DCS board weighs reopening plans


The Delaware City Schools Board of Education discussed potentially changing the reopening plan for the upcoming school year at its regular meeting Monday.

The discussion came during the board comments section of the meeting, and began with board member Frances O’Flaherty expressing her doubts about the district’s plan to return to instruction on Aug. 31 with a blended model that would see students studying in-person every other day and studying online the other days of the week.

“We had talked earlier at a previous meeting, and at that time we thought the hybrid option looked good for providing the most interactions with teachers and students and having the least risk attached, and I think we need to reevaluate,” O’Flaherty said. “Many reports have been made available to us from across the country, from other countries that indicate that even a hybrid model will not be 100% safe.”

O’Flaherty said schools that have reopened in various in-person models have already seen infections among staff, and she said the board should consider moving all instruction to online for the start of the school year.

“We need to be thinking about moving to all online until we can guarantee the safety of every student, every bus driver, every staff member,” O’Flaherty said. “The virus does not differentiate. We don’t know everything that’s going to happen. I can 100% guarantee that nobody sitting on this board right now thought that we were going to have to make a life-and-death kind of decision like this. I can’t look back five years from now and say, ‘oh it didn’t matter’ because it does matter.”

Board President Matt Weller said the board will continue to monitor the outbreak in the county, and it will make a decision based on local information.

“Your points are well taken here,” Weller said to O’Flaherty. “At least from my personal standpoint, I think we should wait and see. We are still four weeks out from the start of school. Things can certainly change here in a short time… I think we should be pragmatic, and look at what’s going on here locally before we make that final call, whether we’re all online or whether we continue with the hybrid model.”

Weller said the board can discuss the plan at its next meeting on Aug. 17.

Board member Ted Backus agreed about making the decision based on the data, but said the board can’t wait very long and may have to call a special meeting to make the decision.

“I think we need to look at this decision sooner than later,” Backus said. “I think that if we are going to decide on a change that parents need to know that sooner than later. I think our teachers need to know that sooner than later and I don’t think it’s something that can wait until a week before the school year starts.”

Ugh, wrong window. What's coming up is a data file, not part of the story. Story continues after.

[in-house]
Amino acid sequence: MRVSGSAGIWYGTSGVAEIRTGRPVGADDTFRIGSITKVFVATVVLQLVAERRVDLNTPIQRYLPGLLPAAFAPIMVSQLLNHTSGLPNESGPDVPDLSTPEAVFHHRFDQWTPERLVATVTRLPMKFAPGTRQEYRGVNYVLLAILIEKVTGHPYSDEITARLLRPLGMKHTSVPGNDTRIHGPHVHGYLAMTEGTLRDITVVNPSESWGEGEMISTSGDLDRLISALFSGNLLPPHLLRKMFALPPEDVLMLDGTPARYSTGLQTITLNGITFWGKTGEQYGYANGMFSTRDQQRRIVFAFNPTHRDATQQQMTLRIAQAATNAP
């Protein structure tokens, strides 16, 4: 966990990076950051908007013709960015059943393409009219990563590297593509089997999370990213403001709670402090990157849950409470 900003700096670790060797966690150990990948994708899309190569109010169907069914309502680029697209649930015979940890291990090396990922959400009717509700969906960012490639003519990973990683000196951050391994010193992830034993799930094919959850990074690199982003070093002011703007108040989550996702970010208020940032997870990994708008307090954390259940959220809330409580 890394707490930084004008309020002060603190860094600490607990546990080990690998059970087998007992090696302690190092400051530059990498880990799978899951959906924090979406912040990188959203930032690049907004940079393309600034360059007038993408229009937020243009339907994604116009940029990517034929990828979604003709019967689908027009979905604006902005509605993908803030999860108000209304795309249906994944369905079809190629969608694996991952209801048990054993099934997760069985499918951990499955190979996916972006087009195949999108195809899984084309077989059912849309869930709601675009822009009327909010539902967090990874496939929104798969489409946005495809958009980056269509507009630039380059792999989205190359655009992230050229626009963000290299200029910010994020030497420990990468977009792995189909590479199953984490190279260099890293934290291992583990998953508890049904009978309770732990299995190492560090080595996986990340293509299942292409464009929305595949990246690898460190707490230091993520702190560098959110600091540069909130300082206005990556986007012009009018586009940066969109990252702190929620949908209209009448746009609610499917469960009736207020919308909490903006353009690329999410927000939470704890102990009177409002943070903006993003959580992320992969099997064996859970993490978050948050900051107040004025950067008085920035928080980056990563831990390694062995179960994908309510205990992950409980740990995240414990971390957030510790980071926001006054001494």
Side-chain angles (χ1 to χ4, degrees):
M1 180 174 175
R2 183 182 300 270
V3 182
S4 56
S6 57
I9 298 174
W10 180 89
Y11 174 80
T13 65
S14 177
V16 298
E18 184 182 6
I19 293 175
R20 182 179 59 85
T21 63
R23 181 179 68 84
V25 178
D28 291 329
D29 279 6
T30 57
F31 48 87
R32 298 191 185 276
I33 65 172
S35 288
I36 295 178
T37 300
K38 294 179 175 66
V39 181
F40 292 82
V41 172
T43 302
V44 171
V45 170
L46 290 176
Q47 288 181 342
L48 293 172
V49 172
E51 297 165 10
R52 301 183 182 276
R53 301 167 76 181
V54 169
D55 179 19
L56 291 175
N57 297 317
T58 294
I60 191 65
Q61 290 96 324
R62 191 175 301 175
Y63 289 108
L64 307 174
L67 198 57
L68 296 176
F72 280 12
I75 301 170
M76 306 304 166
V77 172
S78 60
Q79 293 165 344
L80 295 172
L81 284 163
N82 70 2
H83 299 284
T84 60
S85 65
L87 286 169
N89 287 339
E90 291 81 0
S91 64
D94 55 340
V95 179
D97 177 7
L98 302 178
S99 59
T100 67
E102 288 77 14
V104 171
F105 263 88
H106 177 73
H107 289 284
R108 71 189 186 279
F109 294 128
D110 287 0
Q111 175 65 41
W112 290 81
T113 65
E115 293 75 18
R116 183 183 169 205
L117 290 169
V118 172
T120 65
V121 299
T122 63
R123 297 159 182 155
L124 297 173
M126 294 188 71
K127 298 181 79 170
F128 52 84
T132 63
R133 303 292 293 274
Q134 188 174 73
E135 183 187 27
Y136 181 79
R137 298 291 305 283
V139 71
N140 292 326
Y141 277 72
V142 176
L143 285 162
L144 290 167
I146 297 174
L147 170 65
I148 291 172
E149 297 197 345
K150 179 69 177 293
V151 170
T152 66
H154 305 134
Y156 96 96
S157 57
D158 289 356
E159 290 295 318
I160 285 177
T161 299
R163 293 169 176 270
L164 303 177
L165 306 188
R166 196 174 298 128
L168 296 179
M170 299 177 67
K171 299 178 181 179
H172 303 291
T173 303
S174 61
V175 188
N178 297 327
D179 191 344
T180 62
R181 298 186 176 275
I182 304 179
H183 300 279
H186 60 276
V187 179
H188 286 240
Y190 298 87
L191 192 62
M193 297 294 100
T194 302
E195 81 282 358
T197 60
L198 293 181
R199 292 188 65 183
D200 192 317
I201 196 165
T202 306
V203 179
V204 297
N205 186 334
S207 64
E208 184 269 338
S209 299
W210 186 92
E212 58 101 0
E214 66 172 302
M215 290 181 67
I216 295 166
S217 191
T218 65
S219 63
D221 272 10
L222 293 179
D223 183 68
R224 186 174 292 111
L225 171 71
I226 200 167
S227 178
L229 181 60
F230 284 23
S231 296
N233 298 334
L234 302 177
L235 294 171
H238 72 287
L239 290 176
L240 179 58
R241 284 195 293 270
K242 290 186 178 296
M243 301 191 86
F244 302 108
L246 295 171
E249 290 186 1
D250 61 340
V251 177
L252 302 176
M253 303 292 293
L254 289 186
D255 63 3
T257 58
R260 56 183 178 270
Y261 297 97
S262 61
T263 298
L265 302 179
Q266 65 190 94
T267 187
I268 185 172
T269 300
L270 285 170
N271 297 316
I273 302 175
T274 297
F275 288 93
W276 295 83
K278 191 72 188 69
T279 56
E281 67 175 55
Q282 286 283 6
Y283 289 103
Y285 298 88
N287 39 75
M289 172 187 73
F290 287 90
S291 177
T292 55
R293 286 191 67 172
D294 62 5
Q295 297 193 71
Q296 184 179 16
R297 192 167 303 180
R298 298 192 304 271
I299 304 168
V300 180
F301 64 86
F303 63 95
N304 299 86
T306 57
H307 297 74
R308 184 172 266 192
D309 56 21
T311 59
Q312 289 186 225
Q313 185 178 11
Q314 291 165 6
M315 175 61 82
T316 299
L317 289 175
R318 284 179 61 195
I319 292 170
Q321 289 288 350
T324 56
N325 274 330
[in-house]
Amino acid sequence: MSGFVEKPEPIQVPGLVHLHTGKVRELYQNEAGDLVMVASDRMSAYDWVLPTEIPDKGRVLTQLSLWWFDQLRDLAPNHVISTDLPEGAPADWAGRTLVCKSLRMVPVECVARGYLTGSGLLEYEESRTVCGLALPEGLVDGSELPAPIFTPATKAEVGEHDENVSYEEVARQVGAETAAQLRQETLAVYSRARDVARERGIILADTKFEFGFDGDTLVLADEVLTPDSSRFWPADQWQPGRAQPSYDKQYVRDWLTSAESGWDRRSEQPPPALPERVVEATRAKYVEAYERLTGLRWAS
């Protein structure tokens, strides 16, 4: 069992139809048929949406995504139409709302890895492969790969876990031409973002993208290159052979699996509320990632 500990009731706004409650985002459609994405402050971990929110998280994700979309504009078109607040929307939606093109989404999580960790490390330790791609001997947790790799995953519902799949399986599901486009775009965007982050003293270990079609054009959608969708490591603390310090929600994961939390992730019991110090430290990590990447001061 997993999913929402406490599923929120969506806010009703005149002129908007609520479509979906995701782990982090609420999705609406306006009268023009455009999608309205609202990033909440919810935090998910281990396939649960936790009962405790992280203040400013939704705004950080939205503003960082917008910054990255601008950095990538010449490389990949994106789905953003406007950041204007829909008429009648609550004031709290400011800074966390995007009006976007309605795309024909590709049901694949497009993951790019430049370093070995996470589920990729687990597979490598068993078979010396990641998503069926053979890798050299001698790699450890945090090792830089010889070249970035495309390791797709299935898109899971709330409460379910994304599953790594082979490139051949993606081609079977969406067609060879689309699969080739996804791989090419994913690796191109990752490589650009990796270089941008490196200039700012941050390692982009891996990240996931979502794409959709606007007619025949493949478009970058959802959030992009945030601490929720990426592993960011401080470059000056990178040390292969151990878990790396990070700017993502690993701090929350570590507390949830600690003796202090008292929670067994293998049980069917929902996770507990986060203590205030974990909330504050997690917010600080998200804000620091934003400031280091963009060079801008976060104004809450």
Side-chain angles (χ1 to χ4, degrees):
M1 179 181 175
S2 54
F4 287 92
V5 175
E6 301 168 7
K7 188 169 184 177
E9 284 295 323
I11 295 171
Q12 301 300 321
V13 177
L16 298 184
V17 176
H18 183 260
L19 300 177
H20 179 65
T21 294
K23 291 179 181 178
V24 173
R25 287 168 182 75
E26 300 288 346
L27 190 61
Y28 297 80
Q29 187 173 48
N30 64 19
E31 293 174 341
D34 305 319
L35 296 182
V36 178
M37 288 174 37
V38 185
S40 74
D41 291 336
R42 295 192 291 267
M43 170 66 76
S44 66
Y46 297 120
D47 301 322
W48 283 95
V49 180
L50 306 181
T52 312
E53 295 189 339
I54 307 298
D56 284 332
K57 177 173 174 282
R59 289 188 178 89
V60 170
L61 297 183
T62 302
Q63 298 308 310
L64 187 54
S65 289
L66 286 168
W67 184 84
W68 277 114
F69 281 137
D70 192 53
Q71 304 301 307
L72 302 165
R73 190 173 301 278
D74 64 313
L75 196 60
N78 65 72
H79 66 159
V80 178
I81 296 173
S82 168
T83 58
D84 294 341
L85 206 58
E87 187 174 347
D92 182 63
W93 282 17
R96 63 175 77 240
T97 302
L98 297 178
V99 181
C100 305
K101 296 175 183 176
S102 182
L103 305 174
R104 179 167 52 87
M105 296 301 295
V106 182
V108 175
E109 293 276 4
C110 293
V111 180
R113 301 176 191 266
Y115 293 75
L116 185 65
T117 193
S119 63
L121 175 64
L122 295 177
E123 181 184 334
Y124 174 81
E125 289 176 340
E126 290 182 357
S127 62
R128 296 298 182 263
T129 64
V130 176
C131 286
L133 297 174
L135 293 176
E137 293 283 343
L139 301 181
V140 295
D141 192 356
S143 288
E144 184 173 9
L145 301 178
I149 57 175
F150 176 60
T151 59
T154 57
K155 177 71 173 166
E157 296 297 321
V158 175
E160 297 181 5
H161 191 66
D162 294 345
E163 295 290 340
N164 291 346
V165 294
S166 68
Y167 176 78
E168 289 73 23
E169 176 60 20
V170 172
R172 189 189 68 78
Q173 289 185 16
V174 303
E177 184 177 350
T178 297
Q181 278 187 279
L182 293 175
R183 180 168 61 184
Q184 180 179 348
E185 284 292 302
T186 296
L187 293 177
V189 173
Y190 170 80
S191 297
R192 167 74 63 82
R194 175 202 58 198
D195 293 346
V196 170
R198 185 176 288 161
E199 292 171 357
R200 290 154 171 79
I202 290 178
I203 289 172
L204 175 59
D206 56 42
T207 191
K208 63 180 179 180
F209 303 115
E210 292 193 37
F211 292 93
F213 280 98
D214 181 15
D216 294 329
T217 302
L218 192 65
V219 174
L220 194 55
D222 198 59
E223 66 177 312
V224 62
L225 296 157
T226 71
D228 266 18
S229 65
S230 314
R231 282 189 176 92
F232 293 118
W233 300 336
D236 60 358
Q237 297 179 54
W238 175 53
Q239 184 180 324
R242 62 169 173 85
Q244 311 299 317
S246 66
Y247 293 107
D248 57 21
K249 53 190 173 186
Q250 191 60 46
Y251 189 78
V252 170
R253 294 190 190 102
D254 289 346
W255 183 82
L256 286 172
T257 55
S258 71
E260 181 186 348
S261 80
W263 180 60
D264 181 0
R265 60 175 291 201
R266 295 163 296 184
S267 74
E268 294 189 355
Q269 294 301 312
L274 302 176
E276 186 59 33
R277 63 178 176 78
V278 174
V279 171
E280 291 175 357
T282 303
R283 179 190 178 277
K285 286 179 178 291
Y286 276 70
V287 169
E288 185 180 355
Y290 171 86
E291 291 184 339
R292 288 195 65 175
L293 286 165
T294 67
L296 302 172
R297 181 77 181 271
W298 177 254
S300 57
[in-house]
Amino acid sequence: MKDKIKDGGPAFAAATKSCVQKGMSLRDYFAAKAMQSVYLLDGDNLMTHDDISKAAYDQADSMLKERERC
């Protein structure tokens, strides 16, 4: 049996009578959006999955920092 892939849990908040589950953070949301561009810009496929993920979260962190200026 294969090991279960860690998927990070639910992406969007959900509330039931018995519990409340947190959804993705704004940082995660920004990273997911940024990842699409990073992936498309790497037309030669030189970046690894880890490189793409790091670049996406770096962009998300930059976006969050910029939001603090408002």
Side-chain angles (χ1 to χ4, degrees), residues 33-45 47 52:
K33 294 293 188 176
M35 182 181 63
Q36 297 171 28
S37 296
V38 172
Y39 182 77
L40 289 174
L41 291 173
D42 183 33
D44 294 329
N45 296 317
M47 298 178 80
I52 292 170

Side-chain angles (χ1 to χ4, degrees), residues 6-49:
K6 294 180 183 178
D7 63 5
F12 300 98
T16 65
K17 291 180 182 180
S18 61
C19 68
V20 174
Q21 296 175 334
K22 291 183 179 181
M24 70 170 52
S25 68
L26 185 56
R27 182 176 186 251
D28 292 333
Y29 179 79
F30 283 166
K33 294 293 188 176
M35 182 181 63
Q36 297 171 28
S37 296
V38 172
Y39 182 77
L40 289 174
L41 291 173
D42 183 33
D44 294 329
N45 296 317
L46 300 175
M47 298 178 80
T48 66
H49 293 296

Backus said it’s not going to be easy to change plans, and said he wants to give families and teachers as much time as possible to prepare.

“There’s a lot of preparation that has to be in place if we do choose to go down the online route,” Backus said. “The sooner we’re able to do that, if that’s going to be our decision, it gives our teachers especially the opportunity to be better prepared for that, and certainly our families to prepare. Being on a hybrid model and being totally online are two very different things, and I feel they have to be prepared for that.”

O’Flaherty said it’s “not fair” that state and federal officials have forced reopening decisions on individual districts.

“Not fair at all, but it is up to us and we do need to make the best decision for everyone,” O’Flaherty said.

Weller said the decision is difficult, but said the board will follow current information in order to make a decision.

“These aren’t easy decisions,” Weller said. “We appreciate everybody’s thoughts and input here. The hard part is there’s no right answer on this topic. If we knew the right answer we would have chosen it by now… Let’s be pragmatic, look at what’s out there, and make decisions accordingly based on what’s presented to us.”

Board member Michael Wiener said he’d like the Delaware General Health District involved in the decision, and the board agreed it would ask health officials to speak at an upcoming meeting.

At the start of the meeting, Superintendent Heidi Kegley thanked the community for their resilience and understanding.

“I just wanted to take a moment to thank our entire school community,” Kegley said. “It’s important as we move forward that we continue to work together collaboratively as we look at what the next days and weeks ahead will hold for us. Special thanks for our entire school community and school board for helping us to lead and be flexible during this time.”

After Kegley’s comments at the beginning of the meeting, Weller agreed and said the board is making decisions with the best intentions and aims to keep staff and students safe.

“Concur with those thoughts,” Weller said. “This is a group effort that we need to continue working together to negotiate this difficult time. I know it’s often upsetting some folks on either end of the spectrum here with some of the decisions that we’ve made, but certainly we’re making those with the best intentions possible, and doing what’s right for all of our students, staff and the school community.”


By Glenn Battishill

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Glenn Battishill can be reached at 740-413-0903 or on Twitter @BattishillDG.

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